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Things I Wish They’d Told Me #3: My Favourite Photo

Photograph of an Australian Shepherd Dog on Stafford Common


Photograph of an Australian Shepherd Dog on Stafford Common
Skip the Australian Shepherd enjoying a snowy walk on Stafford Common.

“Which of my photographs is my favourite? The one I’m going to take tomorrow.” – Imogen Cunningham (1883-1976)

A big part of my life as a semi-freelancer these days seems to be social media. There’s no escape from Facewitter or Linkstergram or any number of new and exciting flavour-of-the-month social websites. As a photographer it’s no surprise that a lot of what I see online is photography related chit-chat. One of the age old discussions that goes round again and again is this: what is the difference between an amateur and a professional photographer?

I don’t like to get involved in online arguments about photography – I’d much rather be out making pictures, but I’ve seen this one so many times that I thought I’d share my thoughts on the subject.

To me the only way I define the difference between a professional photographer and a non-professional photographer is this: A professional photographer takes photographs for financial reward. That’s it. There’s nothing to say that professionals are better photographers than hobbyists. In fact there are a great many hobbyists who produce really excellent work. I suspect the reason behind this is quite simple: they’re free to photograph the things they’re passionate about, while free from pressures of time and budget.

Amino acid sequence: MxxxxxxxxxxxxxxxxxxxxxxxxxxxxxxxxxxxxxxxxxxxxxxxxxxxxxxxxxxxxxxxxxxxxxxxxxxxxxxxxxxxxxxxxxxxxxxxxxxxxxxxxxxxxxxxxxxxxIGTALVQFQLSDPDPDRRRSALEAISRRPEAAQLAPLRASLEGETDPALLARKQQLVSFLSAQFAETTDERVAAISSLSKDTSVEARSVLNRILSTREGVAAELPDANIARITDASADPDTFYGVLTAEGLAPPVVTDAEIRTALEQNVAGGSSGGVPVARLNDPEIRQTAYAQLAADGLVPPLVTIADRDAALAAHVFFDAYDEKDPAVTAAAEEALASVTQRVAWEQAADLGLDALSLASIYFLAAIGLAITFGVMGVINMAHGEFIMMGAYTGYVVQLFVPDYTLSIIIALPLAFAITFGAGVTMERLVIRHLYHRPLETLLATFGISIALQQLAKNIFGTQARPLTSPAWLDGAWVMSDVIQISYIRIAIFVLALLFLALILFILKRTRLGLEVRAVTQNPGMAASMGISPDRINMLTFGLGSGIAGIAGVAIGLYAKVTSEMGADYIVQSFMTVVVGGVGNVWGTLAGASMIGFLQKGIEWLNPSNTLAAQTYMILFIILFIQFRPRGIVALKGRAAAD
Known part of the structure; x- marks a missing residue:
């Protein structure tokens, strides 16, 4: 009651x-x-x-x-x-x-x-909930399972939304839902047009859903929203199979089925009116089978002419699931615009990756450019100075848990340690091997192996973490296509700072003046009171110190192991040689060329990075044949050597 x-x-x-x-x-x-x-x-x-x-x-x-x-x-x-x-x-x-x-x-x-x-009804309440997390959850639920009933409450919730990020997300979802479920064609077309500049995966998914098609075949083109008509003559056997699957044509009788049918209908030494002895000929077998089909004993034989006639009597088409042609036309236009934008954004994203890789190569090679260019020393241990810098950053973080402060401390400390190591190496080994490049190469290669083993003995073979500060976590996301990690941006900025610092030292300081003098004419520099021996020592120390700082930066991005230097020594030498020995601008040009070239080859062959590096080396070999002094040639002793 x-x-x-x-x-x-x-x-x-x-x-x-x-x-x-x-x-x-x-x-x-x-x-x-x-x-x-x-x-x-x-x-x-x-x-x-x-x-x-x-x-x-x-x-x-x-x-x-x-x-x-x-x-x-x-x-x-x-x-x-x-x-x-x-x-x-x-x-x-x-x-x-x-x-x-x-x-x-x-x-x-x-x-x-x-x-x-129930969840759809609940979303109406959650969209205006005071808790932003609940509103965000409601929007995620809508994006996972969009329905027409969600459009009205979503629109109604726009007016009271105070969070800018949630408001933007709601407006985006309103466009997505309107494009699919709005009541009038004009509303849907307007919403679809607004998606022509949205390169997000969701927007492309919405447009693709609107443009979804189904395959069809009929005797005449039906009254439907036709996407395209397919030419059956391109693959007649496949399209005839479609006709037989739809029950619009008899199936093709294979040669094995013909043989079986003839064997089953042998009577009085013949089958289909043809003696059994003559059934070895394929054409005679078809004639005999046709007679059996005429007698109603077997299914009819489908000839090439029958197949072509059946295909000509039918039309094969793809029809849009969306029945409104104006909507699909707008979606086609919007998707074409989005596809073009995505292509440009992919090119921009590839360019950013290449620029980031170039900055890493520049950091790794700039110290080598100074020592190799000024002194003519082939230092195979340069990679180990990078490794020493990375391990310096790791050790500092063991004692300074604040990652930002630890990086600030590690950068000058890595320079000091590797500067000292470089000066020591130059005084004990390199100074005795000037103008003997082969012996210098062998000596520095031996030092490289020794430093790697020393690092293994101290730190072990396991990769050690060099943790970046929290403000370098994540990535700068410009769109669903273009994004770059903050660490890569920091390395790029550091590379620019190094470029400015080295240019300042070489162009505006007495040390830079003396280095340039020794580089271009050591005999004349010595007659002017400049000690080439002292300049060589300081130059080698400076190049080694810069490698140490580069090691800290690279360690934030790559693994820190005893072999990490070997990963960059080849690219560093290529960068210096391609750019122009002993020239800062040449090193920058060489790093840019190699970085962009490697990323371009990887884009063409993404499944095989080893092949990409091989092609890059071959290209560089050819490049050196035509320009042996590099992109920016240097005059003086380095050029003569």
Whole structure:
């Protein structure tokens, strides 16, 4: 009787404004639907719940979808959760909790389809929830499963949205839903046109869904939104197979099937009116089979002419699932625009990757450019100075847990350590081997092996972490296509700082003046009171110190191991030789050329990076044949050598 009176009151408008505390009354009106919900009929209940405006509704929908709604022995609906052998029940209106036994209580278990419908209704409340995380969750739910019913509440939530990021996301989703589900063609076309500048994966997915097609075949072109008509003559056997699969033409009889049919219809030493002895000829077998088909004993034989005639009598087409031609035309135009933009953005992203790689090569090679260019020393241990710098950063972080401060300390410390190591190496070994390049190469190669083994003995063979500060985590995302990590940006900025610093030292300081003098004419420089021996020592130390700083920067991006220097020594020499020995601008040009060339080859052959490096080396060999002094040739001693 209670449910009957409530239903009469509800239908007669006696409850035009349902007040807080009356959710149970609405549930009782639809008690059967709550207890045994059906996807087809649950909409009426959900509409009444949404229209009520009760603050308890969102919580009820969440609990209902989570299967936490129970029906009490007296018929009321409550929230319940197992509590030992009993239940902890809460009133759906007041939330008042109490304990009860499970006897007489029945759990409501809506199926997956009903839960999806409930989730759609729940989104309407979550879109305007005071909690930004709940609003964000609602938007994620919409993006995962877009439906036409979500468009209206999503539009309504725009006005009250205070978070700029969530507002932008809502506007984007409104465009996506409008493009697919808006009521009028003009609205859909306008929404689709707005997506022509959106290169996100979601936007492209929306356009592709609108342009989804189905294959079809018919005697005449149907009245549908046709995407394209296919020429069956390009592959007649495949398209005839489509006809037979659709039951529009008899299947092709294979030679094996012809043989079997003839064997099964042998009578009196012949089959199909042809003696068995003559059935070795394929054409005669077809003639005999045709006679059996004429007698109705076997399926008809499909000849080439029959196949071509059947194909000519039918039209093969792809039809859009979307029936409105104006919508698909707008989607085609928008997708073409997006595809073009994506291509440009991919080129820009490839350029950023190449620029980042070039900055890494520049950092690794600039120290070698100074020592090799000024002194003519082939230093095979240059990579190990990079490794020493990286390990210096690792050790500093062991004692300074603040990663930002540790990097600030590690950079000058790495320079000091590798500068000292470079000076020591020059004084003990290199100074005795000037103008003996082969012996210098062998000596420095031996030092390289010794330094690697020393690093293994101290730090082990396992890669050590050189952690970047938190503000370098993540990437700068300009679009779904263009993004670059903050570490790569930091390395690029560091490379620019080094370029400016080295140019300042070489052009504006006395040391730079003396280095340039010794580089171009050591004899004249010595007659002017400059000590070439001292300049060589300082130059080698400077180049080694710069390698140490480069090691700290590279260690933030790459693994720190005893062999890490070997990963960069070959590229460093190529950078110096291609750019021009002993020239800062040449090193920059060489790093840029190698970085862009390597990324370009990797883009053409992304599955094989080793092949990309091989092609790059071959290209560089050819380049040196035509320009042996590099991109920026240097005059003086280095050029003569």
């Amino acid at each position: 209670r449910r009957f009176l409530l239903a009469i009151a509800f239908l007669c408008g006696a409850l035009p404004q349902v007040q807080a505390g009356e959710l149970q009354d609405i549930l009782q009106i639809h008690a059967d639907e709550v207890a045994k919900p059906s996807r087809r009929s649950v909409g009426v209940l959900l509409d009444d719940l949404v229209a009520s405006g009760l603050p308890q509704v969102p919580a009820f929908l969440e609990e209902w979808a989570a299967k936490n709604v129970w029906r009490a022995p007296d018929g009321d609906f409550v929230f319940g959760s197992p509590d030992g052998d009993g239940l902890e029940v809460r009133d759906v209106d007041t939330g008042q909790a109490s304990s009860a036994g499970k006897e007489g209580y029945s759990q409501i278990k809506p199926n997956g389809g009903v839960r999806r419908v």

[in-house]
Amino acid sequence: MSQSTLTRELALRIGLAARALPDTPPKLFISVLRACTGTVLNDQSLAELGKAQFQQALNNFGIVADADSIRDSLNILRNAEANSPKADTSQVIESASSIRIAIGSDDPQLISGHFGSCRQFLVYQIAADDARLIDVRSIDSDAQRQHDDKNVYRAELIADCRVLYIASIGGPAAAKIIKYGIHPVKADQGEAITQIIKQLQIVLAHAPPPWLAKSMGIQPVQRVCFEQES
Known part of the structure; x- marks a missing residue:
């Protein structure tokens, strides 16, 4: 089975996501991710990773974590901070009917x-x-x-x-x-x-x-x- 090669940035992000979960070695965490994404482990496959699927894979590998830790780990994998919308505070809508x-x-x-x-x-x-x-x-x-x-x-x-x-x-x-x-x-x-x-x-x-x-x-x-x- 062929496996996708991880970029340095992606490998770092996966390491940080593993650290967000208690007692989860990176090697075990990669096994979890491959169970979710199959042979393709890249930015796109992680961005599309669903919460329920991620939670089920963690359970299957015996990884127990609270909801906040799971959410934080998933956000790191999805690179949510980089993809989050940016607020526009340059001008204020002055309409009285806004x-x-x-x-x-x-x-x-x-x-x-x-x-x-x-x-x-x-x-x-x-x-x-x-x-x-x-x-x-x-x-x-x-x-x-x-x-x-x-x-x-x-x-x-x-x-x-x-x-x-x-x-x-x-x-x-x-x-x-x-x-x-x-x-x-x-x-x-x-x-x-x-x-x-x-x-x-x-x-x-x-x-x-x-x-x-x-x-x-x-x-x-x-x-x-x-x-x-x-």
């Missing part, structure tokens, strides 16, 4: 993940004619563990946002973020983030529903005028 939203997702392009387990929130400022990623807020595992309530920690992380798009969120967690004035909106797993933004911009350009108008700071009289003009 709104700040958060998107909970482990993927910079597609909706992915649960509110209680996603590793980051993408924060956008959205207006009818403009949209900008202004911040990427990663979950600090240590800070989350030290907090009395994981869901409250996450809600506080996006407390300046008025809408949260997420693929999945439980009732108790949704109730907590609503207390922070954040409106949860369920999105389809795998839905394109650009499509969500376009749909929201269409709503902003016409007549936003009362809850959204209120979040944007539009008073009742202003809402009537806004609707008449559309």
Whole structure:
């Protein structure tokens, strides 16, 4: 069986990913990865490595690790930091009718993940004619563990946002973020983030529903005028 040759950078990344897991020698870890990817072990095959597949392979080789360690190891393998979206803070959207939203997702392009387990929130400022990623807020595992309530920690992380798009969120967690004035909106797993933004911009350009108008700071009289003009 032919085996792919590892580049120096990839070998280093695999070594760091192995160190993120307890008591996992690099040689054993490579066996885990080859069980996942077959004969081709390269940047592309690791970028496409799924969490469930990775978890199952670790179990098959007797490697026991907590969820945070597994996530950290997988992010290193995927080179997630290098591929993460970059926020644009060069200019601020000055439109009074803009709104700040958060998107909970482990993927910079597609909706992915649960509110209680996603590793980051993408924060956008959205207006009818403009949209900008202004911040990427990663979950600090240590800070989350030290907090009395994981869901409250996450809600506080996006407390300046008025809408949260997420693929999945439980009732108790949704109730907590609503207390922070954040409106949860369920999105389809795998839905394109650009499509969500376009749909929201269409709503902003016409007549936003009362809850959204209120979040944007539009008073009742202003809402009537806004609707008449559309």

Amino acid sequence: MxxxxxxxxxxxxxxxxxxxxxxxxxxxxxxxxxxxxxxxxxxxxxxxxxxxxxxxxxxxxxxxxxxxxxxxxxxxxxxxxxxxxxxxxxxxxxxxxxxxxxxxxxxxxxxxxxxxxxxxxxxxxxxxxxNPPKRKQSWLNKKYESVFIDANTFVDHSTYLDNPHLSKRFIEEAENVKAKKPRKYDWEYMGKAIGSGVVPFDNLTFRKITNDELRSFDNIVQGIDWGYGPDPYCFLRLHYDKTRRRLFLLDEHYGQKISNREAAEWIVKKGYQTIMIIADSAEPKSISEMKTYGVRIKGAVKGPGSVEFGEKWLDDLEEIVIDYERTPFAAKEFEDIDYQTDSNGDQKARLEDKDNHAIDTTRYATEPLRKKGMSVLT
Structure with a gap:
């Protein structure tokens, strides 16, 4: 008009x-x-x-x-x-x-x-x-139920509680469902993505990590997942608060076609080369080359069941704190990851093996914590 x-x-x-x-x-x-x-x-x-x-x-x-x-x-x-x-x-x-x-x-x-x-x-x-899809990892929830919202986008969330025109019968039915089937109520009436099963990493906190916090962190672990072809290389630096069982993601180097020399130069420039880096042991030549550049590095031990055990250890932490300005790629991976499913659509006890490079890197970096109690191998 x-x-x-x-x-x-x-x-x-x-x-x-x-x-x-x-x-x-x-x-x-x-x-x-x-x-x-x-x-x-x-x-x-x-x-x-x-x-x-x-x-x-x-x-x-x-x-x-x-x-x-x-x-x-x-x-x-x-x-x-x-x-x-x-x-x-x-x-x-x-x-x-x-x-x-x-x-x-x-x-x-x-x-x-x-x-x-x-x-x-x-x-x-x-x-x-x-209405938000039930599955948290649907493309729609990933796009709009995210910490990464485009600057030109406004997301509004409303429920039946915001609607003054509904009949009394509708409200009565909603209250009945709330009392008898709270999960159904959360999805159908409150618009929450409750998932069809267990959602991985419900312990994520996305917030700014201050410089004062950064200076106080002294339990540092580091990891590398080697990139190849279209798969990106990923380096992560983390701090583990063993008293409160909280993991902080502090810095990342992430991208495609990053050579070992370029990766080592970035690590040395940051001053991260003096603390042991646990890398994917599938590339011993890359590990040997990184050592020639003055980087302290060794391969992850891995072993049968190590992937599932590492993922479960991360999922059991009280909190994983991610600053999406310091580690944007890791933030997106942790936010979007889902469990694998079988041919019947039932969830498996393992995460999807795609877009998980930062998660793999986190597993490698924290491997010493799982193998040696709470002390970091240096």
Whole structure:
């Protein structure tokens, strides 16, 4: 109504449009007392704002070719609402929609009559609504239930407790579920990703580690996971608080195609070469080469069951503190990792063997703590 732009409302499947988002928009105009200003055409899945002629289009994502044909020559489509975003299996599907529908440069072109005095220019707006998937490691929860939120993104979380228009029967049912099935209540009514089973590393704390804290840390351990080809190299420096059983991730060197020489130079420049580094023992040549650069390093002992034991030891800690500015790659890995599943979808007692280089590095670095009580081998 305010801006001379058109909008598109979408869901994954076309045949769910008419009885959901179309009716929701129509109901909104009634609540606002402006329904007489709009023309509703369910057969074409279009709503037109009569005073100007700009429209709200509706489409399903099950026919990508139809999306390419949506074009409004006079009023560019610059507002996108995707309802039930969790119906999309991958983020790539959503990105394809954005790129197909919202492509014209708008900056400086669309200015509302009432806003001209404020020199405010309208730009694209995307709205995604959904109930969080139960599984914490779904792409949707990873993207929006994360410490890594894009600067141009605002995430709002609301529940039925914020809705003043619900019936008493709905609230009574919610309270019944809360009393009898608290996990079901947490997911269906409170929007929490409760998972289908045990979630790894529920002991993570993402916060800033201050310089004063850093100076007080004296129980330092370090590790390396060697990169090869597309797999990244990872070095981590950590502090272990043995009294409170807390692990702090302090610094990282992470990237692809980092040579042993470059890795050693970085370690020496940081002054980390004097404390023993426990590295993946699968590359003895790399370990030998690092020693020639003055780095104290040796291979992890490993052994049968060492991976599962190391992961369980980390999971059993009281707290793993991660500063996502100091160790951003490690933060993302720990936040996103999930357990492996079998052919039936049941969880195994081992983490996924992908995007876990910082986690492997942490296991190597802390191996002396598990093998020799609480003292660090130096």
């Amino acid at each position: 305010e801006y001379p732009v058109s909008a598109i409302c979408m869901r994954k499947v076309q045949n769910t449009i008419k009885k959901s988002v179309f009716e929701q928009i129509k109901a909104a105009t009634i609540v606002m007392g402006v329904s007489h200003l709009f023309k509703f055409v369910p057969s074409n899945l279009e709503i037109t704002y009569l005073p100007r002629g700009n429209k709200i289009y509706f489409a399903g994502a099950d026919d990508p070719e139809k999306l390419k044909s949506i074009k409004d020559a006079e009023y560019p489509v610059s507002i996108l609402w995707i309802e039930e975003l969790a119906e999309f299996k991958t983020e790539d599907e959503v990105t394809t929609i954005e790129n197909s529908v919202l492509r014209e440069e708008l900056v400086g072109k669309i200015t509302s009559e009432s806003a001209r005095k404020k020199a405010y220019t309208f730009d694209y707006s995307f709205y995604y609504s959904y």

Of course, not everyone shares my views, and there are a certain class of “professional photographer” out there who like to suggest that they’ve got photography mastered. This is a view that really grates on me. Quite often the work showcased by some of these people can only be described as mediocre. Of course, the opposite type exist too – the very humble pros who know that they still need to learn and develop their skills.

So back to Imogen Cunningham’s favourite photograph. Photography is a journey and not a destination. We all have to start out somewhere and work from there. The trick is to make sure we keep ourselves stimulated and challenged. It’s not always easy to stay inspired, but we have to keep looking for opportunities for tomorrow’s photograph.

When you’re lacking inspiration and your creativity seems to have dried up there are a few ways to get yourself back on track.

Impose limits on yourself: maybe take less camera equipment with you when you go out – I like to take a walk with just a camera and a prime lens (i.e. a lens without zoom).